The ultimate vintage spirit: MOONSHINE


by Charles Upchurch

photographs by Juli Leonard

“In my mind I’m gone to Carolina – can’t you see the sunshine, can’t you just feel the moonshine…”

I think we all know what Sweet Baby James was singing about. North Carolina has harbored an underground booze-making culture since before your granddaddy’s granddaddy was born. You might say it’s in the blood.

Right now, there’s a renaissance under way. Craft distillers are springing up fast, hoping to catch you-know-what in a bottle. Bootleggers are on TV. Award-winning restaurants list it on cocktail menus. It’s all bubbling up to qualify as a full-blown corn liquor rebirth: Moonshine is having a moment.

It’s a natural outgrowth of the trend back to classic, old-school cocktails, says Capital Club 16 cocktail program director Anna Wheeler. “It makes sense that there would be a surge in popularity for a spirit with the heritage of moonshine,” she said. “Particularly here in North Carolina.”

Native North Carolina moonshine of the legal variety ranges from the artisanal to the commercial, each with its own distinct brand character and flavor profile. Troy & Sons Distillery in Asheville makes a luxury “Platinum” variety from a trademarked heirloom white corn that has been grown on the same farm exclusively for more than 120 years. The quality of the corn, combined with the pristine Appalachian Mountain spring water, makes for a drinkability that has won high praise, including a Silver Medal at the 2011 New York International Spirits Competition.

Troy & Sons (named for founder Troy Ball of Asheville and her sons), is the go-to ’shine for bar manager Andrew Shepherd at Foundation, the underground speakeasy on Fayetteville Street that is ground zero for Raleigh’s growing craft cocktail movement. Growing up in Elkin, Shepherd recalls mason jars containing apples, peaches, and other fruits submerged in clear distillates of indeterminable proof. “I was scared of it,” he said. “You never knew what was in it.”

Times have changed. While Shephard will admit that his favorite way to enjoy moonshine is from a jar while standing by a fire, and that a guy he knows “makes his own from grits and Dixie Crystals sugar,” there is a more refined approach.

In fact, a carefully crafted moonshine cocktail recipe Shepard concocted has become one of Foundation’s hottest-selling drinks. The Old North State is, as the name suggests, mostly made with North Carolina ingredients, starting with a healthy shot of 80 proof Troy Platinum. Shepherd adds half an ounce of farmer’s market Muscadine grape juice, three quarters of an ounce of lime juice, and three quarters of an ounce of local gallberry honey syrup. Then he shakes it with ice, strains it into an ice-filled tumbler, and garnishes with mint to produce a harmony of fruit, citrus and natural sugars.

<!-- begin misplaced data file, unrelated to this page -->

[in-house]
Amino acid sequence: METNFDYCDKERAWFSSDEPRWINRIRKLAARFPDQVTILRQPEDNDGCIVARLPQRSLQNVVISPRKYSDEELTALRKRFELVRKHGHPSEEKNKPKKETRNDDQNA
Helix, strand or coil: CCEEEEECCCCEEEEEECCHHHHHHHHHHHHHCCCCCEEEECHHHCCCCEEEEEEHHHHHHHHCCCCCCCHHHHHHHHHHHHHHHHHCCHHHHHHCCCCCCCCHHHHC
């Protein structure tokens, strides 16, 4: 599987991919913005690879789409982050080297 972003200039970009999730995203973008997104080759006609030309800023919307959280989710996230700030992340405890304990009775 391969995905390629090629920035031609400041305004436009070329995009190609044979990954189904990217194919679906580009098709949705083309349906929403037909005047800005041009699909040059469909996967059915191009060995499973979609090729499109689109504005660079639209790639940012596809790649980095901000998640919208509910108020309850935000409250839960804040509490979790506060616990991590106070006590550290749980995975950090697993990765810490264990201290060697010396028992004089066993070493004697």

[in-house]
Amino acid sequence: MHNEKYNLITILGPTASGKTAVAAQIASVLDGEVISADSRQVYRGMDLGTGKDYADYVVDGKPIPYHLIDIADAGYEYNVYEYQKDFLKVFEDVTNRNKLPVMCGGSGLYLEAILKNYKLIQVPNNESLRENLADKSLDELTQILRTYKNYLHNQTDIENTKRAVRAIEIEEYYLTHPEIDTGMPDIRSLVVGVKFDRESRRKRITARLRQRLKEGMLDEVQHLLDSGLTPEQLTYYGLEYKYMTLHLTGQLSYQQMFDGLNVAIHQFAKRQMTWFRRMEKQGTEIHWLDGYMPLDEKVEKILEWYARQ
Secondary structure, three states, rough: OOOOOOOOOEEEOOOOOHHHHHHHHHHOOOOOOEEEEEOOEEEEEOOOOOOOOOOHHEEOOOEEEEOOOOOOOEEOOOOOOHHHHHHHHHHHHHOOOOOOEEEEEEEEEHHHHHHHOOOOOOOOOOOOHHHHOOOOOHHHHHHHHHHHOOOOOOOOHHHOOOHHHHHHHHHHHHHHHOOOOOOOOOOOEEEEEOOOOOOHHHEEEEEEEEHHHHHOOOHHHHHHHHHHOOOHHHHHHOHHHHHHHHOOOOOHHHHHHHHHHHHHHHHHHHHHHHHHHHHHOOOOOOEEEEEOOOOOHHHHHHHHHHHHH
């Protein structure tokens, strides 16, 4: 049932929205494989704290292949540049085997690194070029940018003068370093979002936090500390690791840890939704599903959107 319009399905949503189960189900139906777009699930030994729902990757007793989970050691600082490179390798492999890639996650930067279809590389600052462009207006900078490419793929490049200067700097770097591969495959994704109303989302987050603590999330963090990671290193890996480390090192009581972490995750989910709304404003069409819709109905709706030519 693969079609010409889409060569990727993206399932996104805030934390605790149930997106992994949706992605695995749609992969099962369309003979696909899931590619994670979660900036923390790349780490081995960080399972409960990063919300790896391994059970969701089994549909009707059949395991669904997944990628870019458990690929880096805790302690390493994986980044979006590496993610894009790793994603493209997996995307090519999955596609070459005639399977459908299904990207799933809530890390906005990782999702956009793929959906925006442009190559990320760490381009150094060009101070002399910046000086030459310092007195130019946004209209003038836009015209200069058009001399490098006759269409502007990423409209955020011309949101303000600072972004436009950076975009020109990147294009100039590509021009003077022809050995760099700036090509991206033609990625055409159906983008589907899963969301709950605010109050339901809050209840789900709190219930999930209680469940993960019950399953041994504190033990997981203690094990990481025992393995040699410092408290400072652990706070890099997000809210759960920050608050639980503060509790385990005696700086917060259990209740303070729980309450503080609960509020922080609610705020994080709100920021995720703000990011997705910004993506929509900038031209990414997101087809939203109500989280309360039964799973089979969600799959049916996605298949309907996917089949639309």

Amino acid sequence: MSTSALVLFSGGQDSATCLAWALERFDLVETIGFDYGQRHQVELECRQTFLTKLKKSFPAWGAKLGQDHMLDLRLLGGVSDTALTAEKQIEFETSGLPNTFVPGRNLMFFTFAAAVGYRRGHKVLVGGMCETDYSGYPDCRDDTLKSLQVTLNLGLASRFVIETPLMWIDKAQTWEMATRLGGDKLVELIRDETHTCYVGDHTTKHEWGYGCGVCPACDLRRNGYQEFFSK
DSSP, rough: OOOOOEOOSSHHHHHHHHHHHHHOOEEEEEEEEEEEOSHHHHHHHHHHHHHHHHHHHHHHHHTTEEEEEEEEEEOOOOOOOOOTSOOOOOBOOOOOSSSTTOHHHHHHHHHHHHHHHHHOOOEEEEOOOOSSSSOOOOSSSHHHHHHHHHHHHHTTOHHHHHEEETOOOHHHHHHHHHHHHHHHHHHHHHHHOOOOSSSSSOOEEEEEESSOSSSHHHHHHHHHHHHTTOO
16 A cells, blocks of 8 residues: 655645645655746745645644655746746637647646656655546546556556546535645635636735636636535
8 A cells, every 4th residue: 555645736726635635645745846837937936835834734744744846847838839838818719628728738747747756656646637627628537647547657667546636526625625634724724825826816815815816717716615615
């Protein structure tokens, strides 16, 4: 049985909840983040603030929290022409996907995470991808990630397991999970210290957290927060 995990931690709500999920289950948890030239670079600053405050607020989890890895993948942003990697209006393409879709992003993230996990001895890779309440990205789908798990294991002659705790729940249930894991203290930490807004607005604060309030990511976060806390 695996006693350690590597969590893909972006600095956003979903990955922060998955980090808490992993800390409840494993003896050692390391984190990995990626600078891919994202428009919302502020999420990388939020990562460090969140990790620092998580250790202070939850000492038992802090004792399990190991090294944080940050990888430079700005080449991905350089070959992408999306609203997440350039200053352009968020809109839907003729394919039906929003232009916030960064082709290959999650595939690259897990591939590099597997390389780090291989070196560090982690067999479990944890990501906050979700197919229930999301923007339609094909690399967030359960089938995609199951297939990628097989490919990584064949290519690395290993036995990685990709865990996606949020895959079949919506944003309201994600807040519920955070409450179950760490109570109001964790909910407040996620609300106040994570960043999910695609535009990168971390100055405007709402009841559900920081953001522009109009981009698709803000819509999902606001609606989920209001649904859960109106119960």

Around the corner at Capital Club 16, cocktail maven Wheeler and owner and chef Jake Wolf have not only put their own distinctive stamp on moonshine cocktails, they’ve created an event to embrace all things similarly “honky tonk.”

Keeping it real – and real Southern – every third Tuesday of the month, Capital Club 16’s “Honky Tonk Tuesday” is packing the joint with downtowners who enjoy kicking up their boot heels to DJ Eddie Taylor and vintage Hank Williams, Patsy Cline, Buck Owens, and other great road house singers. It’s made all the more authentic with a little something from North Carolina’s best-known bootlegger: Daytona 500 champion Junior Johnson.

Junior Johnson’s Midnight Moon, distilled at 80 proof by Piedmont Distillers in Madison, purports to follow the original Johnson family recipe, enhanced by modern techniques to achieve smoothness and drinkability. Which means that unlike Senior Johnson’s recipe, you can have more than one and still remain standing. While Midnight Moon doesn’t list its ingredients, it claims to be triple-distilled, which is a method of cooking out impurities to achieve a milder flavor. This makes for good cocktails, since the taste of unrefined “white dog” can overpower just about anything.

moonshine1Capital Club’s Bootlegger Tea takes Midnight Moon and turns it into a delightful eye-opener. Starting with Meyer lemon syrup (made with deliciously orange Meyer lemon juice, water and sugar steeped with thyme and rosemary), a shot of Midnight Moon, and two ounces of unsweetened tea, it’s served over ice with a wheel of Wolf’s delectable house-made candied lemon.

Their Blueberry Bootlegger is spiked blueberry pie in a glass. After muddling 10 North Carolina blueberries with fresh thyme and simple syrup, Wolf adds a shot of Midnight Moon, ice, a squeeze of lemon juice, and a spritz of soda water. “The blueberries and thyme produce a wonderful earthiness that makes this drink really enjoyable,” says Wolf. “I think Junior would be proud.”

He might also enjoy a sip of Broadslab Legacy Shine, a 90 proof white whisky from Broadslab Distillery in Benson, boldly claiming to be from the “moonshine capital of North Carolina.” Not sure, though, how he’d feel about candied lemon wheels.